Campus & Community

The tale of the two-sport athlete

5 min read

Soccer’s Melanie Baskind makes strong return to lacrosse

When you love something, sometimes you just can’t let it go. For Melanie Baskind ’12, that something was lacrosse.

Baskind was voted Rookie of the Year in soccer by the Ivy League in 2008, and was a critical force behind the Crimson’s two consecutive Ancient Eight titles and two NCAA tournament appearances. But the truth is that soccer was just one of her loves.

Named the 2008 Boston Globe Athlete of the Year, the Framingham, Mass., native starred in three sports in high school (soccer, lacrosse, and hockey), but when she arrived at Harvard, she chose to focus on soccer to start.

“It definitely was a soccer thing for me,” said Baskind. “A lot of schools would contact me, not really knowing I played the other sport. But I always knew that soccer was going to be my focus, and I didn’t want to commit to playing lacrosse before I got here and figured out what my situation was going to be on the soccer team and academically.”

Helping the Harvard women’s soccer team to a 13-3-5 record, Baskind finished seventh in the Ivy League in scoring and tied for fifth in goals and assists. In addition to being honored as the league’s top newcomer, she was named second-team All-Ivy League and tabbed on Soccer Buzz’s Freshman All-America third team.

After her first soccer season, the versatile Baskind had a decision to make. She could either put aside her shin guards and pick up her lacrosse stick, or the neurobiology concentrator could take the season off, revisiting the decision as a sophomore.

“It was all about soccer last season, and in the preseason [last year] I wasn’t really thinking about lacrosse,” she said. “I was going back and forth about whether it was something that I wanted to do, and ended up deciding it wasn’t a good time for me to do it last year, for a bunch of different reasons.”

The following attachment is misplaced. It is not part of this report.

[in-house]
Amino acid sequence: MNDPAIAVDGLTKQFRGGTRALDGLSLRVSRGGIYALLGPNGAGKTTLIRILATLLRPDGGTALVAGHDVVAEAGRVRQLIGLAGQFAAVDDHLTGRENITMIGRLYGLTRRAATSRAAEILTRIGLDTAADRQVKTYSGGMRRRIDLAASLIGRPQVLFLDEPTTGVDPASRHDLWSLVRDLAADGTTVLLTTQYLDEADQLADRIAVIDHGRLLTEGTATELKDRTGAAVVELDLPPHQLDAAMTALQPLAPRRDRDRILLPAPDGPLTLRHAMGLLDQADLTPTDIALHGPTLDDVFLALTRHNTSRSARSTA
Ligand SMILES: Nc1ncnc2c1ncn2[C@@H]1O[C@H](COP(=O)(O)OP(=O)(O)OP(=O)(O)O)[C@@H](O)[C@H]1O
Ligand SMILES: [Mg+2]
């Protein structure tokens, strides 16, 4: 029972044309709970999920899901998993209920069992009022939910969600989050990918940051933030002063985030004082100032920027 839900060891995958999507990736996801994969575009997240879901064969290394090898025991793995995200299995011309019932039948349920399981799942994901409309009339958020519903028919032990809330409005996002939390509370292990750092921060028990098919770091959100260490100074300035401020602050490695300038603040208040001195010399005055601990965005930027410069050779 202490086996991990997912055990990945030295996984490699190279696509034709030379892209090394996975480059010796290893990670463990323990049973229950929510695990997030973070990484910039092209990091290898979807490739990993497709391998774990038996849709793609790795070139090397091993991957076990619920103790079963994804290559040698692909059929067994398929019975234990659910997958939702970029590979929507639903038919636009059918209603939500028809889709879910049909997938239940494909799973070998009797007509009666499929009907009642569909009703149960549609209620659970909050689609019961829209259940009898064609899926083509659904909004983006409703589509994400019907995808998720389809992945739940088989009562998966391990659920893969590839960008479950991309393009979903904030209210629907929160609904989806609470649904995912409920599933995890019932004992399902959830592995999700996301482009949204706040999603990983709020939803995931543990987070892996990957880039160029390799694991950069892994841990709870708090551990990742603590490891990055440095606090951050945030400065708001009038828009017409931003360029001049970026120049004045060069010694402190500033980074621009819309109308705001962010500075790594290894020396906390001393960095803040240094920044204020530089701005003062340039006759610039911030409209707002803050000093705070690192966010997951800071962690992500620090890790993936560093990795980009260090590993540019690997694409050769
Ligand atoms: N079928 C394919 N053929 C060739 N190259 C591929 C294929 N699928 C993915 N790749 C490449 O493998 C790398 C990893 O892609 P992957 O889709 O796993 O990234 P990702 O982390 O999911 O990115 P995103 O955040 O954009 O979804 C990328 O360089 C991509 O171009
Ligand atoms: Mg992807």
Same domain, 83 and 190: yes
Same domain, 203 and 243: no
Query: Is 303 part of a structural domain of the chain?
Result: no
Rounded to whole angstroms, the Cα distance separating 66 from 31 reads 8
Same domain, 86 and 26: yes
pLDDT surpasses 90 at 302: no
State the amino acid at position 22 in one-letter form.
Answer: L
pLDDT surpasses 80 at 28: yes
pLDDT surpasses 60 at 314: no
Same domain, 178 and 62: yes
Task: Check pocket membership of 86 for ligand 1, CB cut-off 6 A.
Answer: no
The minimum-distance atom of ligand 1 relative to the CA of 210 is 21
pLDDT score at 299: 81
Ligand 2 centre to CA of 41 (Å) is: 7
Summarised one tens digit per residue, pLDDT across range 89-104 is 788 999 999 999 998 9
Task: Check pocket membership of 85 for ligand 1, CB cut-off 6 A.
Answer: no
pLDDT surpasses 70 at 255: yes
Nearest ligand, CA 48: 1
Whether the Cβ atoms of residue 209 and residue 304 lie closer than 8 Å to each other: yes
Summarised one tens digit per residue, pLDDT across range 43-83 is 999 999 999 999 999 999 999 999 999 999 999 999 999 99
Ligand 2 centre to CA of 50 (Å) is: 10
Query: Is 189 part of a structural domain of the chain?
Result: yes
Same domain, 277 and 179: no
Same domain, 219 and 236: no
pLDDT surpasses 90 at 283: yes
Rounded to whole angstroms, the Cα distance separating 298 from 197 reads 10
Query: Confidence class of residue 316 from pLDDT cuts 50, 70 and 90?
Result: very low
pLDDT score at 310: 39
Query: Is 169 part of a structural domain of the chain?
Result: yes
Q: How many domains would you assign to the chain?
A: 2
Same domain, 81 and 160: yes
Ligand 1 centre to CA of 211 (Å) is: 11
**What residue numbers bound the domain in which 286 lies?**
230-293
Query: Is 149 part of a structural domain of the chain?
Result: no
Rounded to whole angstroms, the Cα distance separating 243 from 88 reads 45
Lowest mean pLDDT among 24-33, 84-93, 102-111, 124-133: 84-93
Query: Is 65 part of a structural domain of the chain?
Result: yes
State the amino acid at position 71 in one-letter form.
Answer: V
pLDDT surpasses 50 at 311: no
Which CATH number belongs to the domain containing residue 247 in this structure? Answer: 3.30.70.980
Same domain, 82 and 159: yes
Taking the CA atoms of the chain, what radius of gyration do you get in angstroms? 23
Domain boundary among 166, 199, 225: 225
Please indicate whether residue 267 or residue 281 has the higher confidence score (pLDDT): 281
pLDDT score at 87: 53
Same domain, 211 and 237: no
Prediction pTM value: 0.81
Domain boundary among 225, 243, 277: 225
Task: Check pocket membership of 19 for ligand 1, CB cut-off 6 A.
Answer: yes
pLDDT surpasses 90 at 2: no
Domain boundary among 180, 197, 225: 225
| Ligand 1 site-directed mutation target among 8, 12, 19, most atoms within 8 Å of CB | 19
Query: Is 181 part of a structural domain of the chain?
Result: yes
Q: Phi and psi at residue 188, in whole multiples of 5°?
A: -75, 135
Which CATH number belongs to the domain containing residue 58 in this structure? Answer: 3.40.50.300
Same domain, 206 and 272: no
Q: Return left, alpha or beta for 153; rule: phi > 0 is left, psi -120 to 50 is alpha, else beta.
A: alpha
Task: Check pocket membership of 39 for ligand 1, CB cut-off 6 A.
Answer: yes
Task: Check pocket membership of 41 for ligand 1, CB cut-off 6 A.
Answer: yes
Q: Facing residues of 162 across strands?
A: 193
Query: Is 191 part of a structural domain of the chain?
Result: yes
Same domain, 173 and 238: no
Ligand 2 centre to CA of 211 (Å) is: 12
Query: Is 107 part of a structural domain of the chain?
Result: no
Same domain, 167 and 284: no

Upon completing her second championship soccer season this year, Baskind again considered returning to lacrosse and decided that, with a year under her belt, it was time.

“My situation with school changed a little bit. I was more comfortable with my position on the soccer team,” she said.

After talking to head coaches, assistants, and captains of both teams to make sure everyone knew where she was coming from, the encouragement she received was enough to ease her concerns about coming back to lacrosse.

“I was grateful that both sides have been very supportive with whatever decision I decided to do, last year and this year, and it definitely made it easier.”

In retrospect, her joining the team turned out to be a bigger deal than first expected. In the second game of the season on March 6, Harvard saw junior midfielder Jessica Halpern — the team’s leading scorer from a year ago — go down with a season-ending injury. It was a devastating blow for the team, but it also meant that Baskind would have to come in and contribute right away. That is something she has had no problem doing. She is second on the team in goals and points, and tied for first in assists.

“I think, in some ways, Jess is irreplaceable on the field. I think what Melanie added right away was the big-game experience that she carried over from soccer,” said Lisa Miller, who is in her third year coaching Harvard. “I would have loved to have them both on the field at the same time, but it was definitely a gift to have Mel with that experience, versus a freshman who isn’t gamed-in.”

As Harvard enters the heart of its schedule, jockeying for positioning in the Ivy League standings, Baskind has quickly found herself a core team member in two sports she loves.

That love is something that makes feasible the challenge of balancing two athletic seasons, everyday friendships, and a demanding academic workload. “It’s a ton of sacrifices,” she said. For instance, Baskind had to stay in Massachusetts over spring break while the soccer team traveled across Italy.

“I’ve really enjoyed the experience, and I’m willing to make sacrifices for that. I think my friends have been great about understanding a lot of social stuff I’ve had to miss out on, which I knew was going to happen, coming into it. I think the soccer team has been great about understanding that I’m not going to be able to go to as many team functions as I could have been.”

Despite the sacrifices, her coach notes that she always has a smile.

“I think one of the things Mel brings to practice is a sense of humor, and she has fun, even in the middle of a game. Very rarely can a player make me laugh when my team is not doing well,” said Miller. “I think the players who play two sports generally like to play, like to compete. They like the camaraderie of being part of the team, and Mel definitely brings that.”

And so as Baskind shares her fun-loving attitude with her new team, it is clear that her year’s absence didn’t diminish her passion for the sport.

“She just likes to play, and I think that’s contagious, and it rubs off on other people, and it definitely rubs off on the coaching staff,” said Miller.